7 Ways to Get Your Apartment Application to the Top of the Pile
If you live in a competitive rental market, getting the apartment you want might feel a bit like winning the lottery. Well, to be fair, your chances of having an apartment application approved are far better than hitting it big with a Powerball jackpot. But it might not feel that way when you’re basically being ignored by your future landlord(s) because you’re just one name in a sea of would-be tenants.
I spoke to some real estate pros in the hopes of demystifying the apartment application process. Here’s what they had to say.
Pay the application fee before you see it in person.
Moving is expensive enough, but paying an apartment application fee sight unseen could pay off, if you can swing it. Madeline Bilis, Apartment Therapy’s deputy lifestyle director, says she paid her fee before touring her current apartment. “I knew the landlord would look at my application before the folks who hadn’t paid the $30 fee yet,” she says. “It felt like a small dollar amount to risk on a place that looked perfect for me.” And in her case, it worked.
Flaunt your FICO score.
Got a high credit score? Print out a recent copy of your report to include with your application “to instill confidence in the landlord,” says Shmuel Shayowitz, co-founder and CEO of LeaseUp.us, a full-service leasing and property marketing agency.
If you have a lower credit score, honesty is the best policy. “If your credit isn’t perfect, be upfront about it and provide context or a plan to remedy the situation,” he adds.
Work with a real estate agent.
Don’t be in a rush to cut out the middle man with rental properties; real estate agents are there to help you connect with a landlord. “If you are renting a private property, it is important to have a qualified agent who can represent you as a tenant in the best possible way,” says Rachel Williams, real estate advisor for the Platt Group at Compass in South Florida.
Add a personal touch.
While there is some controversy about “love letters” from buyers to sellers, adding a brief letter of introduction that mentions praise of the unit/building to your rental application could work. “I have received feedback from multiple listing agents and landlords who have chosen my clients because they took the time to thoroughly explain their situation and provided all the necessary details in a clear, organized, and concise manner,” says Williams.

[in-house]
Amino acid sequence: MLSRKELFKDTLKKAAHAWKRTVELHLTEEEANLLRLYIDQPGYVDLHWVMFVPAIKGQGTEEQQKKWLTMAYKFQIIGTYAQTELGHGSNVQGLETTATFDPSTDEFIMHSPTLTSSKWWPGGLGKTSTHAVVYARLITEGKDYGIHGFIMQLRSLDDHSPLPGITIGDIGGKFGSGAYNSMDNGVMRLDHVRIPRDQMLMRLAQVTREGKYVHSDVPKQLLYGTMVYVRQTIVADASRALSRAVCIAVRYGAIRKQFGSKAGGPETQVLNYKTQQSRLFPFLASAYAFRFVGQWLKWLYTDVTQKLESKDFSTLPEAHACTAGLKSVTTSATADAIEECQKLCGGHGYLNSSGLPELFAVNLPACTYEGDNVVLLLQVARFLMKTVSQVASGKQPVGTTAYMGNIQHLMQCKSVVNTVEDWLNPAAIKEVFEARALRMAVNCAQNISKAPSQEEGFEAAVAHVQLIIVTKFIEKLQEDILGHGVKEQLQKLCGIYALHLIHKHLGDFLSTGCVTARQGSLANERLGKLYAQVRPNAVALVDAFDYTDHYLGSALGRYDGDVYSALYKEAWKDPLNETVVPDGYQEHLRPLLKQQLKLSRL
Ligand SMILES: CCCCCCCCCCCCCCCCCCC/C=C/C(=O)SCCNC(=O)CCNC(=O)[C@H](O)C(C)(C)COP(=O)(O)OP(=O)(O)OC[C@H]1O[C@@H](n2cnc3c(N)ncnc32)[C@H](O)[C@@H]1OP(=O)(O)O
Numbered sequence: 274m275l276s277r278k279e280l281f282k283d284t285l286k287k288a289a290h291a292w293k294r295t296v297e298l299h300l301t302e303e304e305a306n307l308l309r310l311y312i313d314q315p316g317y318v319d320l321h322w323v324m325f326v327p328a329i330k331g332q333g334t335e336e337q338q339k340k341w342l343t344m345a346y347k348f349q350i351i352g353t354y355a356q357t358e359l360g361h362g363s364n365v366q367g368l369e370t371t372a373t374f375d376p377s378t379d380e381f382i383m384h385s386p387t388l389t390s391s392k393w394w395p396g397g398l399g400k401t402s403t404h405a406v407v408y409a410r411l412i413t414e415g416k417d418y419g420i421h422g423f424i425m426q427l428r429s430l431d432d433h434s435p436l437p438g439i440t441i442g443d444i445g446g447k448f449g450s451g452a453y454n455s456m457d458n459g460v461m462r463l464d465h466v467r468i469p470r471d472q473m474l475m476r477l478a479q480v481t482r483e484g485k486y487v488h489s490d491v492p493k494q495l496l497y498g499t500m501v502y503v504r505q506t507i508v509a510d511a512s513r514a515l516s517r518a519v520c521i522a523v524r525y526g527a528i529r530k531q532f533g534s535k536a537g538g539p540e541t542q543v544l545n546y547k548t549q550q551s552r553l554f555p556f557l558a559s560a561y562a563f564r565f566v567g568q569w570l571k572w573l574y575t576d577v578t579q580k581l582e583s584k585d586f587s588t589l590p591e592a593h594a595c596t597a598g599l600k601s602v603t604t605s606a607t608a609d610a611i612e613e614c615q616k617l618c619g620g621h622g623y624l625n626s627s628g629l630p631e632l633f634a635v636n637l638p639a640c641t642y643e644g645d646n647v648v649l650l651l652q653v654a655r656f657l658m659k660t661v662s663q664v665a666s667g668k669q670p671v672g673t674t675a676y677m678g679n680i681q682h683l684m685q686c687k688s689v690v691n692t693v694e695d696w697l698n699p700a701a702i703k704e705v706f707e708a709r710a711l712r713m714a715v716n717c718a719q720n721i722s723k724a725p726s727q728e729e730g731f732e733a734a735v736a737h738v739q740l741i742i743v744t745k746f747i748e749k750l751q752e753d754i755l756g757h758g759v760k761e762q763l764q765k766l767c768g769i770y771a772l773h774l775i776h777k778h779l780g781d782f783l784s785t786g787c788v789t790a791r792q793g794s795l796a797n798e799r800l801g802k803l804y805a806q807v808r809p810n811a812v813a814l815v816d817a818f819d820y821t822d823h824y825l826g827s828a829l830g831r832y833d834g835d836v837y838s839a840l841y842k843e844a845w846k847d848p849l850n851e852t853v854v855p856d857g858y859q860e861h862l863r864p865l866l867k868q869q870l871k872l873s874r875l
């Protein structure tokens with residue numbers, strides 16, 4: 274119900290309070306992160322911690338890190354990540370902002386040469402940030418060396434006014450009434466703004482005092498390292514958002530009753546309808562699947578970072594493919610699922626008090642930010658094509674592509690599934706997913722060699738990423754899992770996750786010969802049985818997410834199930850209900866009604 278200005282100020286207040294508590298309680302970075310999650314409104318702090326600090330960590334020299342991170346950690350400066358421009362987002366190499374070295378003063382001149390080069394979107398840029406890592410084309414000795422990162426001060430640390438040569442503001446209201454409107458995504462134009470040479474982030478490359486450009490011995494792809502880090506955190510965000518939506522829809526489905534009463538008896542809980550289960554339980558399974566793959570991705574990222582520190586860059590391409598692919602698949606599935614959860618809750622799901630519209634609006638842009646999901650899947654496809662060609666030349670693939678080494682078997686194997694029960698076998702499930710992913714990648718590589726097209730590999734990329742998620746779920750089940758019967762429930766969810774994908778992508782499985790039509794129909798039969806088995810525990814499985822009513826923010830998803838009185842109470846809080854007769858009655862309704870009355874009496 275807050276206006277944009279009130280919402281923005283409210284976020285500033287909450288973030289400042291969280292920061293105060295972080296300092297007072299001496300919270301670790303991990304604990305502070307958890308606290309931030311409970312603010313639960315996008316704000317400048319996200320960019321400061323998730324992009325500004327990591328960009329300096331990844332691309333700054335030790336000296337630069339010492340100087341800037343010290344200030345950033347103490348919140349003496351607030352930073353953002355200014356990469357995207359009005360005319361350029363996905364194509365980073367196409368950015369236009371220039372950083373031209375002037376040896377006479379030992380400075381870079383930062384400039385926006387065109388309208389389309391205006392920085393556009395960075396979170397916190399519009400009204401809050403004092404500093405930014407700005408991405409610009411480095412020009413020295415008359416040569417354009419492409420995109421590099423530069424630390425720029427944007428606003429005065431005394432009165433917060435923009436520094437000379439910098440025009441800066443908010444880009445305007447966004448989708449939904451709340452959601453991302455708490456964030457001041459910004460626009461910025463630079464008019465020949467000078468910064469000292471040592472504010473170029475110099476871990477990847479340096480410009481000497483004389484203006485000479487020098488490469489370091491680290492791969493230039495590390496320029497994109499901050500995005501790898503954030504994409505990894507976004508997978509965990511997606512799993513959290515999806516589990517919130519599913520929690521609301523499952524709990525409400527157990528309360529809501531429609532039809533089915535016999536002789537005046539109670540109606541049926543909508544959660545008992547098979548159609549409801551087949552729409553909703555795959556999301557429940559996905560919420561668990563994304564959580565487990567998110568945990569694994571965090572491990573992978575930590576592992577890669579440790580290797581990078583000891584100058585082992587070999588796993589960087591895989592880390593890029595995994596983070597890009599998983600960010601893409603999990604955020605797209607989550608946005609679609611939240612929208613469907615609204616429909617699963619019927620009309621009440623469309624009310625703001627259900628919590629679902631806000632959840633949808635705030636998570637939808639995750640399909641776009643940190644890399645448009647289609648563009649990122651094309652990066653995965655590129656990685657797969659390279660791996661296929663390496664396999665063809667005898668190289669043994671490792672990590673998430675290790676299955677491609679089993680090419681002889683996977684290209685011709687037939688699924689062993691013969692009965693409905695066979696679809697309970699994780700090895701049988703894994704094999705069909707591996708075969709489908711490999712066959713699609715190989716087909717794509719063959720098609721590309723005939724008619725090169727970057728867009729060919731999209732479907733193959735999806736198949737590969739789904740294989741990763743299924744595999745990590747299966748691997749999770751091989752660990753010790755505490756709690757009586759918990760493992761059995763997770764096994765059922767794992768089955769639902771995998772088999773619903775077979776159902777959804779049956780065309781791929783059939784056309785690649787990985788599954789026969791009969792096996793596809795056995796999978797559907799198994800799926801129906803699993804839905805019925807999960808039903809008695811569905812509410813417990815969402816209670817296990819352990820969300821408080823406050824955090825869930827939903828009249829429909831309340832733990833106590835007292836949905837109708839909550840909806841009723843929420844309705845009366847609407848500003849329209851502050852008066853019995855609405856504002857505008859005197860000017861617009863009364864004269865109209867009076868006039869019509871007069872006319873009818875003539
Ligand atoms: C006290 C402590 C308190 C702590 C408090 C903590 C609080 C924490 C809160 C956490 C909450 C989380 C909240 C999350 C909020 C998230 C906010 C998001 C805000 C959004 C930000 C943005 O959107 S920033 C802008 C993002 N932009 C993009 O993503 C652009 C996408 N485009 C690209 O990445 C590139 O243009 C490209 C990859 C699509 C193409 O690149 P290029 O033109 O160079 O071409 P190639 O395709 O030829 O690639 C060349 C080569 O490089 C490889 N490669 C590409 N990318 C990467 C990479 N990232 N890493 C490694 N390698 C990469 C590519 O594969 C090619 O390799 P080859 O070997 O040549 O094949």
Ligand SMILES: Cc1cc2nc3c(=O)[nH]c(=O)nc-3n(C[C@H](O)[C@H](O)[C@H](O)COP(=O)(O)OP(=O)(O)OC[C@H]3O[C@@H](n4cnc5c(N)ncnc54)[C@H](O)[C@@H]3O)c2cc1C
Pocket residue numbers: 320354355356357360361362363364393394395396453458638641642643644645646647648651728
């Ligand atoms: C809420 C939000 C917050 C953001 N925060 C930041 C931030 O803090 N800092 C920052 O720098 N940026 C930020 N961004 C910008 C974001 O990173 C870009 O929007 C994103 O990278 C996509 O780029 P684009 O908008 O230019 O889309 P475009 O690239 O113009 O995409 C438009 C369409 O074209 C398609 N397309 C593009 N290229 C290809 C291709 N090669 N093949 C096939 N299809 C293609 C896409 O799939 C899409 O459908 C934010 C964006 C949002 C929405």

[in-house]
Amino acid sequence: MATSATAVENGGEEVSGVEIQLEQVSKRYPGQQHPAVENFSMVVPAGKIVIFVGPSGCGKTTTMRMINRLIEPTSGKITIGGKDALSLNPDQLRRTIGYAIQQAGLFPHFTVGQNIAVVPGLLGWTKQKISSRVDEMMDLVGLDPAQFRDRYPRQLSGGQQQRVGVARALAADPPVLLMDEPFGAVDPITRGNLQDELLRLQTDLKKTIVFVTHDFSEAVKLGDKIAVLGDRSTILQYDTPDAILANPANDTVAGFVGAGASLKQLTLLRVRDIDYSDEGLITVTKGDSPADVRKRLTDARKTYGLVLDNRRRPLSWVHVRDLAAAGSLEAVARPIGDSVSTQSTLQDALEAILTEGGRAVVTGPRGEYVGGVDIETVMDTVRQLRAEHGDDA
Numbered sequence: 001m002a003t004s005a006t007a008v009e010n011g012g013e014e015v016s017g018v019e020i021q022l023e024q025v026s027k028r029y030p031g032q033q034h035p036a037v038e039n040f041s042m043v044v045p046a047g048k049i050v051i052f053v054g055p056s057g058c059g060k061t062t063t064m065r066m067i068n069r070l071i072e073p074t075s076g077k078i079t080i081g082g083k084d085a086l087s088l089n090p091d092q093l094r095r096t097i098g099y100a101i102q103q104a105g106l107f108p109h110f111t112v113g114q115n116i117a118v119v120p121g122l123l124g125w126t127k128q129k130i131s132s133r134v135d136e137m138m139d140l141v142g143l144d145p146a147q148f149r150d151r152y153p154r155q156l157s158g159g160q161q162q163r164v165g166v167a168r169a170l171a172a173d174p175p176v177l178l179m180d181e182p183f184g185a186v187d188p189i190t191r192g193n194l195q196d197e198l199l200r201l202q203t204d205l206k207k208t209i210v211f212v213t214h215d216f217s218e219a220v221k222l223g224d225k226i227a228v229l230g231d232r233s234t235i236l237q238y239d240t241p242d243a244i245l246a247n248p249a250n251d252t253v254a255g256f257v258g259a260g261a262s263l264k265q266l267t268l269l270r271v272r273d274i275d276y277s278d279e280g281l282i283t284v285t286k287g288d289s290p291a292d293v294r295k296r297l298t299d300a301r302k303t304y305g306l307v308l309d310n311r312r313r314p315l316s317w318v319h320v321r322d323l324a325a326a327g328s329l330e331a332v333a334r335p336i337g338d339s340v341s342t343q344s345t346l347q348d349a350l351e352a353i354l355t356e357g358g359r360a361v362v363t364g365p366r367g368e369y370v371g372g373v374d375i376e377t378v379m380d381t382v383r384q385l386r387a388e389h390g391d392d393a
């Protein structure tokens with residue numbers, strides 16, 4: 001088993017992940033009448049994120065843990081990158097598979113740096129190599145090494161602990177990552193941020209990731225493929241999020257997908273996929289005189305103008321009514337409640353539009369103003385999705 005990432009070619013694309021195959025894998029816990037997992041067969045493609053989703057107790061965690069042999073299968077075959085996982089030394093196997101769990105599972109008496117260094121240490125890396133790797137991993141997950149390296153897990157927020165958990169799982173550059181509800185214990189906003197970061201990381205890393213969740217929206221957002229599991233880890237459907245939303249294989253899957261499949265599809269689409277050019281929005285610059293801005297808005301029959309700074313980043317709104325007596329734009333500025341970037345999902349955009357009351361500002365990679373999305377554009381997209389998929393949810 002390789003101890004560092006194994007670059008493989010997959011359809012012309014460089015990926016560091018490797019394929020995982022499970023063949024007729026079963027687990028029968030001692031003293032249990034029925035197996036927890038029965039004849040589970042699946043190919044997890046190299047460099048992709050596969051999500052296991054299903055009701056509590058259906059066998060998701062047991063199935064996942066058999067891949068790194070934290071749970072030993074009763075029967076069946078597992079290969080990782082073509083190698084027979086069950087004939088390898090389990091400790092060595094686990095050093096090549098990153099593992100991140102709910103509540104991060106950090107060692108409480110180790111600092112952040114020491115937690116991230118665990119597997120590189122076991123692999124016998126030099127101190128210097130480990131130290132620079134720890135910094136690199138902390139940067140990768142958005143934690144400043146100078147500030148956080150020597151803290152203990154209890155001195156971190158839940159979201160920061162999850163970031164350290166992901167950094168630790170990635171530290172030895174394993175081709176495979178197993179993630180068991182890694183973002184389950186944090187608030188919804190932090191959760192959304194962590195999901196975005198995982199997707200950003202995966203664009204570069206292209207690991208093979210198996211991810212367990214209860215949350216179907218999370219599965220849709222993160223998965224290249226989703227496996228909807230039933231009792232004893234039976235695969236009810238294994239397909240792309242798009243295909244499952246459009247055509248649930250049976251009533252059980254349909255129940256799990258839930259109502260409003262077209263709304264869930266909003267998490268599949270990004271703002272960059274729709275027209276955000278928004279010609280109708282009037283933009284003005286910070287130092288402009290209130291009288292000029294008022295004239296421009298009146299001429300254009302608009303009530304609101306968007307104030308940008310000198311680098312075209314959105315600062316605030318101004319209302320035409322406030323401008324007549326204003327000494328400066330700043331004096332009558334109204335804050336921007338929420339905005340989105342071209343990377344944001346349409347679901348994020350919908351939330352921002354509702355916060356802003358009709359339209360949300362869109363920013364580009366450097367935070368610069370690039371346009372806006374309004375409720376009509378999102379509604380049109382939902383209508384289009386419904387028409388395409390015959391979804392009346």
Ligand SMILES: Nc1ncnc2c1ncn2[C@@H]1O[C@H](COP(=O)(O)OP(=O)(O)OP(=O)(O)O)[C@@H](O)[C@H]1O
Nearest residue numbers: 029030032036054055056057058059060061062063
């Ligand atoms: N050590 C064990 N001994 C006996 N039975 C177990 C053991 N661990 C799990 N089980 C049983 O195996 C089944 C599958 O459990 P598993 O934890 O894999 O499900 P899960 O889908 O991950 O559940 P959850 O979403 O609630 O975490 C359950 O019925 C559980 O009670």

You might even attempt to arrange a brief, in-person meeting. “A good impression can make a difference,” says Shayowitz.
Include personal references.
Some applications might ask for references already, but even if they don’t, consider including one or two letters from previous landlords or property managers to show your track record of being a good tenant, says Shayowitz. Don’t forget to inform your references that they might be contacted by your future landlord!
Complete the application.
Sounds obvious, right? Apparently not to some renters. “The best thing a tenant can do to get to the top of the list is to submit all of the requested documents together,” says Nicole Beauchamp, a senior global real estate advisor and licensed associate real estate Broker at Engel & Völkers in New York City. Beauchamp has seen listings with dozens of applications, and the ones that went straight to the top of the pile were the ones that had actually been completed. “No one has time to chase after missing documents when there are multiple bids,” she says.
Respond quickly to correspondence regarding the property.
If you receive a call or email from your real estate agent or potential landlord, respond as quickly as possible. “Responding quickly to calls or emails from the landlord or leasing agent can showcase your eagerness and reliability,” says Shayowitz.
Take that last bit of advice as your friendly reminder to empty your voicemail inbox.